Andrew Sheridan, the former England and British and Irish Lions prop forward, has been forced to retire with immediate effect because of a neck injury.
The 34 year-old, who won 40 caps for his country and played in two Tests for the Lions, still had one year left on his contract at Toulon but has been advised to stop playing on medical grounds after surgery failed to correct a long-standing neck injury.
Sheridan, who joined Toulon in 2012 after nine seasons at Sale Sharks, last played for the Top 14 side against Biarritz at the Stade Felix Mayol, when he aggravated a problem that had flared up in the previous November.
He was informed of the news during the last two weeks, with an official announcement expected on Tuesday.
He leaves the game as one of England’s most decorated forwards who at his peak was regarded as one of the most destructive scrummagers in the world game.
He won the Premiership with Sale in 2006 and the Heineken Cup with Toulon in 2013 when they beat French rivals Clermont Auvergne in the Dublin final.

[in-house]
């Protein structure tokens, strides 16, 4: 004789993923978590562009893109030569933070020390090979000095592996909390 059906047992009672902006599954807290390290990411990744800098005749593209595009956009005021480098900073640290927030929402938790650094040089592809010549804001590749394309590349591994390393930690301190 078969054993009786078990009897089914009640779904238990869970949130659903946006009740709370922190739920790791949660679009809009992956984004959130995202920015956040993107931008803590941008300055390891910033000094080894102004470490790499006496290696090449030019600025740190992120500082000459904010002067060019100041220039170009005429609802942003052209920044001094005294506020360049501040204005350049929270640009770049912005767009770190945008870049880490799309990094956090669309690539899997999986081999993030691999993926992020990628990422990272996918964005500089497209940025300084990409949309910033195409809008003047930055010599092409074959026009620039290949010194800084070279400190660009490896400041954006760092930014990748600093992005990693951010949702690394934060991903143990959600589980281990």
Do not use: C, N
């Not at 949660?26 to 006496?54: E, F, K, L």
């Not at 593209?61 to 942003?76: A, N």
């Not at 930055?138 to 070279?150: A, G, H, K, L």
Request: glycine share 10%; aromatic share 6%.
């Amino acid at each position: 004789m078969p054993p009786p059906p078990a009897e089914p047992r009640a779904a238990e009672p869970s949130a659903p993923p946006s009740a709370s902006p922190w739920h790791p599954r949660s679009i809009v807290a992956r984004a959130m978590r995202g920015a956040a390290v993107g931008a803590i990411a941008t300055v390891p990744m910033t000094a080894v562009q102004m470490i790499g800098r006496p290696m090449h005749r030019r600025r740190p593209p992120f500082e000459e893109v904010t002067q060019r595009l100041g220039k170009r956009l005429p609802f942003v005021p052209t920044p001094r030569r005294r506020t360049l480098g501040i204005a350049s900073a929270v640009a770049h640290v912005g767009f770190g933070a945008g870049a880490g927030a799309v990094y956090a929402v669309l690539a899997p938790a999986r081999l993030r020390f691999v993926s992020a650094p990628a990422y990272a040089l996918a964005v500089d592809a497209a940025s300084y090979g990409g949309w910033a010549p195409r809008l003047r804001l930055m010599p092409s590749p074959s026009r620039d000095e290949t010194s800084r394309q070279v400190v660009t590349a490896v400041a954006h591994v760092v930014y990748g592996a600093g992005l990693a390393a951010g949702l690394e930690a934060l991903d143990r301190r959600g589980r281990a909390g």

He also played a significant part in helping Toulon to the Heineken Cup and Top 14 double last season before injury intervened in February.
He will be remembered most by England supporters for his thunderous scrummaging performances in the red rose shirt however.
He announced himself on the international stage on his first Test start in 2005 against Australia and then famously destroyed the Wallabies scrum in the World Cup quarter-final in Marseille when he humiliated opposition prop Matt Dunning.
He went on to play for England in the World Cup final defeat by South Africa and two years later made two Test appearances for the Lions in South Africa, having also made the tour of New Zealand in 2005.
Sheridan will now pursue a career in the wine trade.